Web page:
2.5 If you consider that the policy has not been followed in respect of personal data about yourself or others you should raise the matter with your line manager or the Data Protection Compliance Officer.
3. Definition of Data Protection terms
3.1 Data is information which is stored electronically, on a computer, or in certain paper-based filing systems.
3.2 Data subjects for the purpose of this policy include all living individuals about whom we hold personal data. A data subject need not be a UK national or resident. All data subjects have legal rights in relation to their personal data.
3.3 Personal data means data relating to a living individual who can be identified from that data (or from that data and other information in our possession). Personal data can be factual (such as a name, address or date of birth) or it can be an opinion (such as a performance appraisal).
3.4 Data controllers are the people who or organisations which determine the purposes for which, and the manner in which, any personal data is processed. They have a responsibility to establish practices and policies in line with the Act. We are the data controller of all personal data used in our business.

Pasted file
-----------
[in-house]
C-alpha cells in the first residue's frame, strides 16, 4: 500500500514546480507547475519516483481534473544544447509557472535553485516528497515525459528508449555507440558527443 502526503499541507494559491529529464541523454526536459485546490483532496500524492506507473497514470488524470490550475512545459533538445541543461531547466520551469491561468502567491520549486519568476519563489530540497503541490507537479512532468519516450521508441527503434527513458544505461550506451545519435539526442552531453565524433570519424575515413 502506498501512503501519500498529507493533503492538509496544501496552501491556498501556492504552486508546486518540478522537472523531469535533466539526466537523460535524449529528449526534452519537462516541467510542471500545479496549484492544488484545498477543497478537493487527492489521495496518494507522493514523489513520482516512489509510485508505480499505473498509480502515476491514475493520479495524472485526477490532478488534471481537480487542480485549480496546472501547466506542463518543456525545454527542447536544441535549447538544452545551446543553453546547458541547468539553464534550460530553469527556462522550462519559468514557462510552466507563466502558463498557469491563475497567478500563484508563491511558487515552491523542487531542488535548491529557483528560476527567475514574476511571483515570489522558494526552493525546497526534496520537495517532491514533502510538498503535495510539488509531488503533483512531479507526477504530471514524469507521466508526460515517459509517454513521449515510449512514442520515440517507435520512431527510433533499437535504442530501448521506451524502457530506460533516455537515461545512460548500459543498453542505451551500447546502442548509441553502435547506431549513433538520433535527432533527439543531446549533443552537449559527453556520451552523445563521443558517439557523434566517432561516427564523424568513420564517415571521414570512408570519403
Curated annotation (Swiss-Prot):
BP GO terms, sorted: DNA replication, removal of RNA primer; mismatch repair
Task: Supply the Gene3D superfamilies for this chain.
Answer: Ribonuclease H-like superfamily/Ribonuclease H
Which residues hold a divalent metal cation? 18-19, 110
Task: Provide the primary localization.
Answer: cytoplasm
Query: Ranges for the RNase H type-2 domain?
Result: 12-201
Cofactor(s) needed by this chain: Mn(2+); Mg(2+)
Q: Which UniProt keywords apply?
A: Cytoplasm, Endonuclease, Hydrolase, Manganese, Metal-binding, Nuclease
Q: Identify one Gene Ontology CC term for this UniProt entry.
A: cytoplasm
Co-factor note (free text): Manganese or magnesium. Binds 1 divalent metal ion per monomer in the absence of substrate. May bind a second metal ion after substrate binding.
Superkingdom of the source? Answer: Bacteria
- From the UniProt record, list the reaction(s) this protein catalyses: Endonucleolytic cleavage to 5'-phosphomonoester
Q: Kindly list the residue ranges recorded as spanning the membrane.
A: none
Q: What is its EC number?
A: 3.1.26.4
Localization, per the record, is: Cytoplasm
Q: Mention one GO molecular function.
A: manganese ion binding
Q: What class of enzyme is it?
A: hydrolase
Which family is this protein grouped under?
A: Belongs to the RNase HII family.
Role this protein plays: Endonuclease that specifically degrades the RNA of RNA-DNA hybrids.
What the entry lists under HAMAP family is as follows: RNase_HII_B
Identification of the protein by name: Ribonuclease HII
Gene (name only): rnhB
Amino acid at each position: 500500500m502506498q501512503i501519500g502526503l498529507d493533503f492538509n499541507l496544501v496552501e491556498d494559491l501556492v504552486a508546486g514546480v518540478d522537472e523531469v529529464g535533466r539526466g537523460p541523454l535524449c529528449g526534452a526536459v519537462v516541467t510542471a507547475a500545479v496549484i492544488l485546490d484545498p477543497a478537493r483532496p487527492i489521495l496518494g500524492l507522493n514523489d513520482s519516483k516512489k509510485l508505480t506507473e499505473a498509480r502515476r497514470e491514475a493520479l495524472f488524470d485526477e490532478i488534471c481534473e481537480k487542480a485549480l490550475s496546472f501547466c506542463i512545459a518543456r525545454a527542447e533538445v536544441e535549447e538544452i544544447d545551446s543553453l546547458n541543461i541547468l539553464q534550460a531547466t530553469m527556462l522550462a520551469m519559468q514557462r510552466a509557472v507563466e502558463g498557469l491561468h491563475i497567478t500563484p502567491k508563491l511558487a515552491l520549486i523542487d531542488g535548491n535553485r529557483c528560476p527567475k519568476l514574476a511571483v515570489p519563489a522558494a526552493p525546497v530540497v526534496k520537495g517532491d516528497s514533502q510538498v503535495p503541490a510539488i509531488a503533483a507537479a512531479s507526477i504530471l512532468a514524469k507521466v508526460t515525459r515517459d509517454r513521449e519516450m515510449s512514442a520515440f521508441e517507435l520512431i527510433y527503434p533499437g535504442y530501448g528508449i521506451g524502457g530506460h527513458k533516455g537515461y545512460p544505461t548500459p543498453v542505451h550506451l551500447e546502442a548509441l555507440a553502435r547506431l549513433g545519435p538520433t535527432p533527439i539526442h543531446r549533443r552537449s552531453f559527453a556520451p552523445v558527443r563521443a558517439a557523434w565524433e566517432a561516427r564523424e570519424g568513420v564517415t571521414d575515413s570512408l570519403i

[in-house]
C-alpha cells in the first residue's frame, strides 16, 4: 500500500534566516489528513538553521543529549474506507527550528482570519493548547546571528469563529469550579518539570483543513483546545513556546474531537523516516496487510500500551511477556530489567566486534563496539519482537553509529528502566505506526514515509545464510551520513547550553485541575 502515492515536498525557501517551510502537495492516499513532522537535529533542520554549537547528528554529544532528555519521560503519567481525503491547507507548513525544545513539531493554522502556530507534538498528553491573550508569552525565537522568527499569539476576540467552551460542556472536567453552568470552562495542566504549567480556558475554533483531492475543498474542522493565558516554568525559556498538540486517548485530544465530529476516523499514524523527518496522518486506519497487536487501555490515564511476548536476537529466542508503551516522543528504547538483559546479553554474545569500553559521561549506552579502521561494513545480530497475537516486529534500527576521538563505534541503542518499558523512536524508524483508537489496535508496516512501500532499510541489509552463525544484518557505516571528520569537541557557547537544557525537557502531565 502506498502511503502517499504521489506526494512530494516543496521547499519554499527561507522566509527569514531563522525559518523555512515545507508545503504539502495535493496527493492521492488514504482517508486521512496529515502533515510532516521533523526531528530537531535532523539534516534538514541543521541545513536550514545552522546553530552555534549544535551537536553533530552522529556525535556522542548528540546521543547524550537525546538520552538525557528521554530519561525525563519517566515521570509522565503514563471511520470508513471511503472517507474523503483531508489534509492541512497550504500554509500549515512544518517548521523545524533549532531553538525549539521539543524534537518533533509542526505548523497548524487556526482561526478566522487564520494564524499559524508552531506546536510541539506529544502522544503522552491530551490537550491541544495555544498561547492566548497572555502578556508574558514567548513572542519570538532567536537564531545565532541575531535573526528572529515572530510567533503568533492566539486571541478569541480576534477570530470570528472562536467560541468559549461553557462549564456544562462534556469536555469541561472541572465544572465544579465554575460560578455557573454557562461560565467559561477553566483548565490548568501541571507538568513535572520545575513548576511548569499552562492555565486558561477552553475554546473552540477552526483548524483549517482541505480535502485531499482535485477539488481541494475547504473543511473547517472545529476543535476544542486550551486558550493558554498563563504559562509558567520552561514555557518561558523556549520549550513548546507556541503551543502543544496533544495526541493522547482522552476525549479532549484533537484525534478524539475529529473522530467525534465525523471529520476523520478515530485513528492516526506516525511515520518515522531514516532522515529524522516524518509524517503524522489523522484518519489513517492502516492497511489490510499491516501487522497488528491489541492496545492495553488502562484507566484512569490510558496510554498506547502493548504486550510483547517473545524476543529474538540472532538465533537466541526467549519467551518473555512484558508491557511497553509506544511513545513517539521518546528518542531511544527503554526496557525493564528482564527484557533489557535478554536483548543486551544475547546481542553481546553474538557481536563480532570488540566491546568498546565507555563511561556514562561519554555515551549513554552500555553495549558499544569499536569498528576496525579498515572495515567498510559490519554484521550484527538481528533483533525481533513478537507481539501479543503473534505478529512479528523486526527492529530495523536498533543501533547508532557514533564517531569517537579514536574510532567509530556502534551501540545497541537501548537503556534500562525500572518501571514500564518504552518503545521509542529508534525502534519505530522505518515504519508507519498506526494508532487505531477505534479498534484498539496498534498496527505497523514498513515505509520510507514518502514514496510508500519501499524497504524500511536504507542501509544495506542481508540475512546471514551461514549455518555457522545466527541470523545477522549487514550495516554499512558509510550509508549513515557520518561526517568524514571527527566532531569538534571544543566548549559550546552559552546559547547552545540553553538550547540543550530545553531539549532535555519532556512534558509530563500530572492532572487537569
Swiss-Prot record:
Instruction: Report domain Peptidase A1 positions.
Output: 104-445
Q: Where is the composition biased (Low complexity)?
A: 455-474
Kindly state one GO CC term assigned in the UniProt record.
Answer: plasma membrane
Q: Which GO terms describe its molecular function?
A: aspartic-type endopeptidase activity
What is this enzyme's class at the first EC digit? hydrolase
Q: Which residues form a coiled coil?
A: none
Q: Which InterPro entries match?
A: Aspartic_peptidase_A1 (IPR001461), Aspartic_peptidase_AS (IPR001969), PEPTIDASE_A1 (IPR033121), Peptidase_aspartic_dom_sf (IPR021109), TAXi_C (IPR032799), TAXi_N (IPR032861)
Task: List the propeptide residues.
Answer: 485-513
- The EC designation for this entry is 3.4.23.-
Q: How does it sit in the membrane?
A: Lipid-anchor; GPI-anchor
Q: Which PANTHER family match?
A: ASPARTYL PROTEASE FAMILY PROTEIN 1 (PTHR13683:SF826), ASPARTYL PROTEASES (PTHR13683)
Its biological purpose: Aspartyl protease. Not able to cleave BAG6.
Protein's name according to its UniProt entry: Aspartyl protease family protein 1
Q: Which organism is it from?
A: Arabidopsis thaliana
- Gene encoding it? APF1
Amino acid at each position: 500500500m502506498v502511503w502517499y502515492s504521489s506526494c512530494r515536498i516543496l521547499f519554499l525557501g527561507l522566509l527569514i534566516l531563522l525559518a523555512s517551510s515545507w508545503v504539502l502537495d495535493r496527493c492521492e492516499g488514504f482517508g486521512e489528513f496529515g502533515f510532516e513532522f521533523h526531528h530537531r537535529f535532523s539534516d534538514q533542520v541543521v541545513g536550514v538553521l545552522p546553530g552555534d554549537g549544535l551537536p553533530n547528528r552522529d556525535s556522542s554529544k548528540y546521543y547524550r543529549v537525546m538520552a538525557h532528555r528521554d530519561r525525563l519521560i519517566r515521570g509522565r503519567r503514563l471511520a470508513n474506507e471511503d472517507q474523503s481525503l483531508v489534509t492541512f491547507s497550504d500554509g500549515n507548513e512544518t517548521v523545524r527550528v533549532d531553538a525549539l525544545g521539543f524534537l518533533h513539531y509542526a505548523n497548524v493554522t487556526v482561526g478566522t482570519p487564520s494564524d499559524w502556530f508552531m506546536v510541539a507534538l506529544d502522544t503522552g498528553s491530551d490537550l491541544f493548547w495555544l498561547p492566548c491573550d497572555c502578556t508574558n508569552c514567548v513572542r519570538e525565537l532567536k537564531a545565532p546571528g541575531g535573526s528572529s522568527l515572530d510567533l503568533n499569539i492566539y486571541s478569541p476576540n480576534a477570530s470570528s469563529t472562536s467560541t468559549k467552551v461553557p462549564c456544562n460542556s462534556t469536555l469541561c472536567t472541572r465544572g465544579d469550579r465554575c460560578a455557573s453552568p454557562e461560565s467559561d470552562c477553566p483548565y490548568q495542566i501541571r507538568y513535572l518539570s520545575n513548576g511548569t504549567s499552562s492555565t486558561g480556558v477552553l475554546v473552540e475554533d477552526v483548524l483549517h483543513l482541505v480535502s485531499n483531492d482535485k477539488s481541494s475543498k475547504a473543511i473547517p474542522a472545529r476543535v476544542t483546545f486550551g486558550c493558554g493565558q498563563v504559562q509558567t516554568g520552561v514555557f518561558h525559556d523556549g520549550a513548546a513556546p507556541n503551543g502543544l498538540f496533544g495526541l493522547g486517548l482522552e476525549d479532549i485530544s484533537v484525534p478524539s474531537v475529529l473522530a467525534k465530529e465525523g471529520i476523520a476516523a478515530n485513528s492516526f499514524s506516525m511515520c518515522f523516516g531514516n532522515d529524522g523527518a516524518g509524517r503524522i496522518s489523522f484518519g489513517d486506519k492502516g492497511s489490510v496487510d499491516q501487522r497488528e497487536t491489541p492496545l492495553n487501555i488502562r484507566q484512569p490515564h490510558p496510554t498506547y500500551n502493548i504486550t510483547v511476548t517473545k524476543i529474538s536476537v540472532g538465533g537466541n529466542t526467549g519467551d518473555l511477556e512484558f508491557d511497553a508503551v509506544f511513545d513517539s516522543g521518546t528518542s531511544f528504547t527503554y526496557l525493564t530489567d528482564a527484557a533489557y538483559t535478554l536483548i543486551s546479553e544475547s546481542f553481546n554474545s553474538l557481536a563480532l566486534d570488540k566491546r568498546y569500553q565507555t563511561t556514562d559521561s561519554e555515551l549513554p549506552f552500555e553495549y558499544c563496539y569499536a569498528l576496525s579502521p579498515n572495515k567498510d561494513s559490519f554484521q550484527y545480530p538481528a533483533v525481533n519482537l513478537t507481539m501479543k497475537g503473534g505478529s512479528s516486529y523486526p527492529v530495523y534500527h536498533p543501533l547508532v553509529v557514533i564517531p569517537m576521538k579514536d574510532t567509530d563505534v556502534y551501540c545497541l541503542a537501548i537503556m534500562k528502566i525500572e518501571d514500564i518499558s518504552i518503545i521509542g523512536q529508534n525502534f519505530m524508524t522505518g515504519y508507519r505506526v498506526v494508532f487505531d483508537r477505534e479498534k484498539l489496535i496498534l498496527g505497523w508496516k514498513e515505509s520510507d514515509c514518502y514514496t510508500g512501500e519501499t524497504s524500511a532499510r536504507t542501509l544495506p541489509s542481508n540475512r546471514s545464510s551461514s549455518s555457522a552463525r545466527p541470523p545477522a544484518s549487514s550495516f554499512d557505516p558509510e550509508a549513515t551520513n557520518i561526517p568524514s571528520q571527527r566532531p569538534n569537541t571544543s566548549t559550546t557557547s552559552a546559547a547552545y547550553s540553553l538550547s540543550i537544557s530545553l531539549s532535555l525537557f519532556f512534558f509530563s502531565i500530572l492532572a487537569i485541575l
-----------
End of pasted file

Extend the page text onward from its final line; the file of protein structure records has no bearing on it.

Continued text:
3.5 Data users include employees whose work involves using personal data. Data users have a duty to protect the information they handle by following our data protection and security policies at all times.
3.6 Data processors include any person who processes personal data on behalf of a data controller. Employees of data controllers are excluded from this definition but it could include suppliers which handle personal data on our behalf.
3.7 Processing is any activity that involves use of the data. It includes obtaining, recording or holding the data, or carrying out any operation or set of operations on the data including organising, amending, retrieving, using, disclosing, erasing or destroying it. Processing also includes transferring personal data to third parties.